The pistol. The read option. Spread formations. Athletic quarterbacks. Just a few of the many schemes and personnel groupings that have taken the world of football by storm. Names like Russell Wilson, Colin Kaepernick, Robert Griffin III, Johnny “Football” Manziel, excite even the most casual of fans. Young QB’s that seem to do stuff athletically, once only immortalized in video games.
As exciting as these new players and schemes are – I firmly believe there will always be a spot in the upper echelon in the NFL for the ‘ole drop back passer! Remember him? You know, the guy who’s 40 time needed to be timed with a sun dial. The guy reminiscent of your granddaddy’s favorite football players you heard about growing up. Sure you remember him. There were three of those guys playing on championship weekend this past season! Joe Flacco, Matt Ryan and Tom Brady all led their respective teams to a shot at the Super Bowl. Neither will be mistaken for this new breed of QB. So let’s not go throwing the traditional pocket passer away just yet. There is a guy who resides in the ‘Show Me State’ that will have a major say so in the pantheons of NFL folklore! His name you ask?? Sam Bradford!!!
Quick question. Which team had the best record inside the vaunted NFC West division? The upstart Seattle Seahawks you say? An early pick to reach the Super Bowl next season? The budding juggernaut San Francisco 49ers? The overwhelming favorite to actually win the Super Bowl, a game they participated in this past season?
Uh no. That would be the 7-8-1 St. Louis Rams! The Rams went 4-1-1 inside what many think is the best division in football (Relax NFC South). Led by my pick to be the next great young QB in the league. Sam Bradford was the first overall pick in the 2010 NFL Draft. He was the offensive rookie of the year on a team that won only 1 game the previous season. The jump from 1-15 to 7-9 was one of the biggest turnarounds of concurrent seasons in NFL history. Bradford looked to be on a fast track to being possibly the next Tom Brady. Second year head coach Steve Spagnuolo along with first year offensive coordinator Pat Shurmur installed a traditional West Coast offensive scheme that seemed to highlight Bradford’s best attributes. The first of which being accuracy. Relying on a heavy run game that set up play-action, Bradford was able to complete 60% of his throws. Many of the short variety to possibly the worst group of receiving talent in the NFL. Names like Mardy Gilyard, Brandon Gibson, Laurent Robinson and Danny Amendola headed Bradford’s top pass targets. (He finshed with 18TD’s, 15 Int’s and over 3,500 yards) But as success goes in the NFL, change usually comes.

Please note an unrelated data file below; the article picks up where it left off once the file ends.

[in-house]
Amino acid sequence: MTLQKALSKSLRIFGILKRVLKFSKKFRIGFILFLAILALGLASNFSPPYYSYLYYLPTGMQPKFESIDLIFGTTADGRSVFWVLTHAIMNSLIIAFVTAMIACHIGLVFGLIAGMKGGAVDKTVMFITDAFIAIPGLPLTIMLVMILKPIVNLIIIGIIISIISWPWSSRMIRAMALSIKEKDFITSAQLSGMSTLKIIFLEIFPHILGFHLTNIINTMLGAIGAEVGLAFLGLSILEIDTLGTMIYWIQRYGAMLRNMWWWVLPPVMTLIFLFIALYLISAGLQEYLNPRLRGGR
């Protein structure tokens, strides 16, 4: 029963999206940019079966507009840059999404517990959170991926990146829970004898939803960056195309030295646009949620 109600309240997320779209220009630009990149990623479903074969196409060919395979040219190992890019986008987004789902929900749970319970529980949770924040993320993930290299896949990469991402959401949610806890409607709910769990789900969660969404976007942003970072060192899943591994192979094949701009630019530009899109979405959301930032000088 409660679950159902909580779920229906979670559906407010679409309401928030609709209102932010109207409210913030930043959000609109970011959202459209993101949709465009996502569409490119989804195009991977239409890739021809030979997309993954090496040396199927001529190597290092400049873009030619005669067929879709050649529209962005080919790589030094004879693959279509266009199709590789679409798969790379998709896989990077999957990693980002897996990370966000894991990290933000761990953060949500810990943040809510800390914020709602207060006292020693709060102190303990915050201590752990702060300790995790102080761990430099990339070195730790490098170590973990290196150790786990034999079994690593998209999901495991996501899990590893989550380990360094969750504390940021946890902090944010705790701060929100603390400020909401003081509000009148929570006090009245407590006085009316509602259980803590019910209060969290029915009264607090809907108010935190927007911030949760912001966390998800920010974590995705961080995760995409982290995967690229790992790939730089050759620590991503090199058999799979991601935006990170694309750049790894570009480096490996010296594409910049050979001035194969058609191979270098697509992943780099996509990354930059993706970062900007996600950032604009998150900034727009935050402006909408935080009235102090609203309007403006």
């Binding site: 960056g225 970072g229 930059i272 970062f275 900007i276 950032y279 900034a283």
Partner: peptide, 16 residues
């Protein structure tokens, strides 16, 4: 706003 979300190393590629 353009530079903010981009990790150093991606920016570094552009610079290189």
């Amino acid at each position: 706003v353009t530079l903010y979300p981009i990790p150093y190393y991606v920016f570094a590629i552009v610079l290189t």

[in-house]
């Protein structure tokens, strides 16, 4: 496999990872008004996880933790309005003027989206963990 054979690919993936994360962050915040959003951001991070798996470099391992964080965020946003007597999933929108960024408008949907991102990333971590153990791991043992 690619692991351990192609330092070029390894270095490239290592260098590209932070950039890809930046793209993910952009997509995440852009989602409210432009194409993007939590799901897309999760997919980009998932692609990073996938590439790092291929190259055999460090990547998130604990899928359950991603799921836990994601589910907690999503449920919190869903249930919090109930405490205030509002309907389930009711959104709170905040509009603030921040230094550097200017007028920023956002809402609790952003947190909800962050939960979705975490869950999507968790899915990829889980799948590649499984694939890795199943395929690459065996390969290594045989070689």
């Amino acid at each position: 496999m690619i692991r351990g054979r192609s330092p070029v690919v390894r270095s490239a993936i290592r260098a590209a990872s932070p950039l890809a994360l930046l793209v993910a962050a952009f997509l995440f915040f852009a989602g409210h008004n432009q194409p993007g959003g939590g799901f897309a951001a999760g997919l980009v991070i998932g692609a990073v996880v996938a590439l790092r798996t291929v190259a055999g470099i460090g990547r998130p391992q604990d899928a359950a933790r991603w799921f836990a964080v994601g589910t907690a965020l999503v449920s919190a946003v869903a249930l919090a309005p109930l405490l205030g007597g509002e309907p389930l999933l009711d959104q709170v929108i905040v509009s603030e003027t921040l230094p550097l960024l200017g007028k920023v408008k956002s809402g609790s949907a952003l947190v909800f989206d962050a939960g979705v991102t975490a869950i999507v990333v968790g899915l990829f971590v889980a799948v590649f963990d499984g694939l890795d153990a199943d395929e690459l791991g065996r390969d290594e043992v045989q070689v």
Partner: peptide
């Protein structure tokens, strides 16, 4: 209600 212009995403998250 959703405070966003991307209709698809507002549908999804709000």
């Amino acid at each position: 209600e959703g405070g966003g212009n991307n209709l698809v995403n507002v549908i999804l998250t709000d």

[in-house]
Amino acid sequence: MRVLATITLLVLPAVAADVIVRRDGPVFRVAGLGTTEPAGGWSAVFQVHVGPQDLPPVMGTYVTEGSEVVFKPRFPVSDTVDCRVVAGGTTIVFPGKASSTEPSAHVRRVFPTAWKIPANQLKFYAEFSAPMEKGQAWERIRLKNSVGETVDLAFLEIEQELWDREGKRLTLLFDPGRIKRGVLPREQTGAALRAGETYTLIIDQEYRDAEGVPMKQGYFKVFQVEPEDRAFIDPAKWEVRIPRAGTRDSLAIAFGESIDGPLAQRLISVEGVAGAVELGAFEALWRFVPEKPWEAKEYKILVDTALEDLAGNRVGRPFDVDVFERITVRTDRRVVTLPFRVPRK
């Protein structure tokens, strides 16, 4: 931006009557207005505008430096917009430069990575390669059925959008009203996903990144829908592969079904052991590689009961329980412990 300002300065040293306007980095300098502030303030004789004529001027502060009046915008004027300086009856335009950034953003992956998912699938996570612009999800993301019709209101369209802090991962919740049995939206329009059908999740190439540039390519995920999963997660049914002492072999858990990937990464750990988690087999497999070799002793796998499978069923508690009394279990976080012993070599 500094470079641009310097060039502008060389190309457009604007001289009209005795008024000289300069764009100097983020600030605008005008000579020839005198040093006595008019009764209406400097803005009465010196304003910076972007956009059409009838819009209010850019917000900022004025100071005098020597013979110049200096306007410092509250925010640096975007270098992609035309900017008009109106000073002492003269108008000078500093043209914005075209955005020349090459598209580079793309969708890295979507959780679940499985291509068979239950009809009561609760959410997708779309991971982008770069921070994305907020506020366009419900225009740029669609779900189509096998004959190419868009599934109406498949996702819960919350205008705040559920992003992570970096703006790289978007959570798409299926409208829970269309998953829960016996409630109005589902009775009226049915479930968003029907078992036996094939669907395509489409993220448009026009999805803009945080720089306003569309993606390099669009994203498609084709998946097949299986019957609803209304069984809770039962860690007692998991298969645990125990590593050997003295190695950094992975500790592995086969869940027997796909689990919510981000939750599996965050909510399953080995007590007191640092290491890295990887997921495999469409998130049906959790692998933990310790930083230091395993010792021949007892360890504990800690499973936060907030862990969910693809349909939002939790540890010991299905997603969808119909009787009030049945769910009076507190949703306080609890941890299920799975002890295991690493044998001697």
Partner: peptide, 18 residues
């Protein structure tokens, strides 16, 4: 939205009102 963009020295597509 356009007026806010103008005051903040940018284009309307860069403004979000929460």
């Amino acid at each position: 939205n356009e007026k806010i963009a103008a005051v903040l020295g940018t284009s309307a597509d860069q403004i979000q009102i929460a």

Shurmur’s work with Bradford landed him a head coaching job in Cleveland. But instead of hiring a coach familiar with the West Coast offense to promote continuity, the contingency decided to go in a completely different direction with the hiring of vertical passing guru Josh McDaniels. Who just two seasons earlier landed a head coaching job off of his work with the New England Patriots and their record breaking offense of 2007. This proved to be a costly mistake as the personnel didn’t fit this type of a scheme.
I truly believe that Sam Bradford can play in any scheme and make any throw with superior velocity, accuracy, and timing. But for it to truly be effective, you need fast vertical receivers. Which the Rams didn’t have outside of an injury prone Danario Alexander. And you need a very stout pass blocking offensive line. It’s one thing to lack the receivers, it becomes a proverbial suicide mission to lack pass protection. Needless to say this scheme got Bradford hurt right away – as he only managed to play in 10 games. All of which he was hampered by injury. Bradford finished with 6 TD’s and 6 INT’s, 2100 yards with only 53.5% of his passes completed. So in the National Football League – with failure, comes change…
Bradford’s third year brought about a new general manager in Les Snead, former personnel guy for the highly successful Atlanta Falcons. A new head coach in the highly respected former Tennessee Titan head man, Jeff Fisher. And finally, a new offensive coordinator in Brian Schottenheimer, who had success with the New York Jets with a young QB in Mark Sanchez. Schottenheimer’s offensive scheme blends West Coast principles with a tinge of the vertical passing game.
This whole new regime proved to be just what the doctor ordered as Sam had a resurgence and went for career high’s across the board. He had 21 TD’s, 13 Int’s, completed 60% of his passes for 3,702 yards and an 82.6 rating. The offensive line was upgraded in talent, and just added former 2008 #1 overall pick Jake Long to serve as the anchor of that line. Rookie receiver Chris Givens was a major surprise and looks to be a premiere deep threat at the X receiver position. Tight end Lance Kendricks had a solid year and will be coupled with possibly the most athletic tight end in football in former Titan Jared Cook Jr.
By all accounts, the Rams will be targeting another play-maker at receiver. Second year running backs Daryl Richardson and Isaiah Pead look to take over for long time Rams workhorse Steven Jackson. The Rams have one of the youngest rosters and one of the most explosive set of personnel groupings in the league. Coupled with a tenacious defense full of young stars as well that finished 14th overall last season – it’s a safe bet that the Rams will be a force of competitive nature. And it’s suffice to say that Sam Bradford and his “Old School” way of quarterbacking will be among the “Elite” for many years to come. Ask RGIII, Russell Wilson, Colin Kaepernick – and the rest of the new breed of QB’s…All who fell victim last season to one Mr. Sam Bradford and his upstart St. Louis Rams.